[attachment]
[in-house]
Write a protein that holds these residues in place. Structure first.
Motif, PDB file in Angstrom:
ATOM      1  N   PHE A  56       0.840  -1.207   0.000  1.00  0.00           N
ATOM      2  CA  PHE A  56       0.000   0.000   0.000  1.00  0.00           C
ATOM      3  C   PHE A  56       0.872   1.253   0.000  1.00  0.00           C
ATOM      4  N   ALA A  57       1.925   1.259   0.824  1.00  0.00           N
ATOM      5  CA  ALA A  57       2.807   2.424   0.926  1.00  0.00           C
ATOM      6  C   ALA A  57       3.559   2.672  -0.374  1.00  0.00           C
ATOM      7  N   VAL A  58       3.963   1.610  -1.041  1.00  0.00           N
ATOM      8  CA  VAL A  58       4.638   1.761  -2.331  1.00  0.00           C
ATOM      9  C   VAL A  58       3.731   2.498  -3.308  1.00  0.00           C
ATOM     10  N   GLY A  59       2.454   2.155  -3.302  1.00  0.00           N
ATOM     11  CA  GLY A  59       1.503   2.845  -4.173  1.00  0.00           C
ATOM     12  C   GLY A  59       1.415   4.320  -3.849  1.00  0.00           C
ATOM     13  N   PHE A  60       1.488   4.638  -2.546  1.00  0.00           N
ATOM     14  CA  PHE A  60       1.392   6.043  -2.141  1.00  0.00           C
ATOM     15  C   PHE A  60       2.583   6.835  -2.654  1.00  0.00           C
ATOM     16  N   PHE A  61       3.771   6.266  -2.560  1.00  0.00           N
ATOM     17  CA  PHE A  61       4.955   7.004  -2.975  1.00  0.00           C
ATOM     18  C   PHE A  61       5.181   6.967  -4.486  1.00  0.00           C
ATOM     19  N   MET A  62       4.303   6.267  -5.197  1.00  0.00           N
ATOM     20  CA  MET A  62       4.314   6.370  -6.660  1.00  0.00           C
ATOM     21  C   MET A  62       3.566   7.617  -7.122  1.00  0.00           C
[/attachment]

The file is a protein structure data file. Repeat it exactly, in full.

[in-house]
Write a protein that holds these residues in place. Structure first.
Motif, PDB file in Angstrom:
ATOM      1  N   PHE A  56       0.840  -1.207   0.000  1.00  0.00           N
ATOM      2  CA  PHE A  56       0.000   0.000   0.000  1.00  0.00           C
ATOM      3  C   PHE A  56       0.872   1.253   0.000  1.00  0.00           C
ATOM      4  N   ALA A  57       1.925   1.259   0.824  1.00  0.00           N
ATOM      5  CA  ALA A  57       2.807   2.424   0.926  1.00  0.00           C
ATOM      6  C   ALA A  57       3.559   2.672  -0.374  1.00  0.00           C
ATOM      7  N   VAL A  58       3.963   1.610  -1.041  1.00  0.00           N
ATOM      8  CA  VAL A  58       4.638   1.761  -2.331  1.00  0.00           C
ATOM      9  C   VAL A  58       3.731   2.498  -3.308  1.00  0.00           C
ATOM     10  N   GLY A  59       2.454   2.155  -3.302  1.00  0.00           N
ATOM     11  CA  GLY A  59       1.503   2.845  -4.173  1.00  0.00           C
ATOM     12  C   GLY A  59       1.415   4.320  -3.849  1.00  0.00           C
ATOM     13  N   PHE A  60       1.488   4.638  -2.546  1.00  0.00           N
ATOM     14  CA  PHE A  60       1.392   6.043  -2.141  1.00  0.00           C
ATOM     15  C   PHE A  60       2.583   6.835  -2.654  1.00  0.00           C
ATOM     16  N   PHE A  61       3.771   6.266  -2.560  1.00  0.00           N
ATOM     17  CA  PHE A  61       4.955   7.004  -2.975  1.00  0.00           C
ATOM     18  C   PHE A  61       5.181   6.967  -4.486  1.00  0.00           C
ATOM     19  N   MET A  62       4.303   6.267  -5.197  1.00  0.00           N
ATOM     20  CA  MET A  62       4.314   6.370  -6.660  1.00  0.00           C
ATOM     21  C   MET A  62       3.566   7.617  -7.122  1.00  0.00           C